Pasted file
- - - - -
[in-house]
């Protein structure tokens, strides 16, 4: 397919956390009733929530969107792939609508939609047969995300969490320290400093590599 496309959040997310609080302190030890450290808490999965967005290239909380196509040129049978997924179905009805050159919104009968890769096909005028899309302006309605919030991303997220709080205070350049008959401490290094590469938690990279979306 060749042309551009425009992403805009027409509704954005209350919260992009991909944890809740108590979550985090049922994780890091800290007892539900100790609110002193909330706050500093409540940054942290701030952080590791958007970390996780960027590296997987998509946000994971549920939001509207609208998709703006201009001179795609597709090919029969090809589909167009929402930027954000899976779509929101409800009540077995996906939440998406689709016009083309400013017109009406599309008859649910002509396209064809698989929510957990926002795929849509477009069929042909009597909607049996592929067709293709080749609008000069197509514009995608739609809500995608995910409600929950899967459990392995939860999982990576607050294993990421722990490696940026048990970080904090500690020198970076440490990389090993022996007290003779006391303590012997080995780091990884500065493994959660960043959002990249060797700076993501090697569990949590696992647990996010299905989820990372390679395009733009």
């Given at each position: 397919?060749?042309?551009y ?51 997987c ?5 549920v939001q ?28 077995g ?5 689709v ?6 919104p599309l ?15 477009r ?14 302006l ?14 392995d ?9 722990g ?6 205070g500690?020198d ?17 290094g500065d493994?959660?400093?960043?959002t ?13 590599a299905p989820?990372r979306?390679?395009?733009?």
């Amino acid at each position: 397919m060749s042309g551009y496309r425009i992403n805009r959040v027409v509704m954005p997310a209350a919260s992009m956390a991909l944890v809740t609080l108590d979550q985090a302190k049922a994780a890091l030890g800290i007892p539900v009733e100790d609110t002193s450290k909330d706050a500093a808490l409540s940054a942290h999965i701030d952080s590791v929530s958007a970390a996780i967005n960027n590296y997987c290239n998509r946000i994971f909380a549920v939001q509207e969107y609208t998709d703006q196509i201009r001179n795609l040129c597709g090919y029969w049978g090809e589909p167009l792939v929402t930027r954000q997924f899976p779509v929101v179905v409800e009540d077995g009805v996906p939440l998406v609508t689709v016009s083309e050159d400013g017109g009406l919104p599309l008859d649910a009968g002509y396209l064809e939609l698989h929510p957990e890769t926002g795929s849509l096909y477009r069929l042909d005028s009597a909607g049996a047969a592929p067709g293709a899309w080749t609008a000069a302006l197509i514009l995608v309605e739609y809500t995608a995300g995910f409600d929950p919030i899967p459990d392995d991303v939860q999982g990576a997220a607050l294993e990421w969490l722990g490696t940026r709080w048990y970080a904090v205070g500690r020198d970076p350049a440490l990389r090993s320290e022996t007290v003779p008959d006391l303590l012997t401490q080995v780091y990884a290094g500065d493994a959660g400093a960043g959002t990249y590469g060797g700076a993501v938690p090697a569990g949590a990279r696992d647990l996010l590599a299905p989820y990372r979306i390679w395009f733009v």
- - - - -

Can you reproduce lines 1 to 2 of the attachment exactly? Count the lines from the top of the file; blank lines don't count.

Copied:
[in-house]
């Protein structure tokens, strides 16, 4: 397919956390009733929530969107792939609508939609047969995300969490320290400093590599 496309959040997310609080302190030890450290808490999965967005290239909380196509040129049978997924179905009805050159919104009968890769096909005028899309302006309605919030991303997220709080205070350049008959401490290094590469938690990279979306 060749042309551009425009992403805009027409509704954005209350919260992009991909944890809740108590979550985090049922994780890091800290007892539900100790609110002193909330706050500093409540940054942290701030952080590791958007970390996780960027590296997987998509946000994971549920939001509207609208998709703006201009001179795609597709090919029969090809589909167009929402930027954000899976779509929101409800009540077995996906939440998406689709016009083309400013017109009406599309008859649910002509396209064809698989929510957990926002795929849509477009069929042909009597909607049996592929067709293709080749609008000069197509514009995608739609809500995608995910409600929950899967459990392995939860999982990576607050294993990421722990490696940026048990970080904090500690020198970076440490990389090993022996007290003779006391303590012997080995780091990884500065493994959660960043959002990249060797700076993501090697569990949590696992647990996010299905989820990372390679395009733009």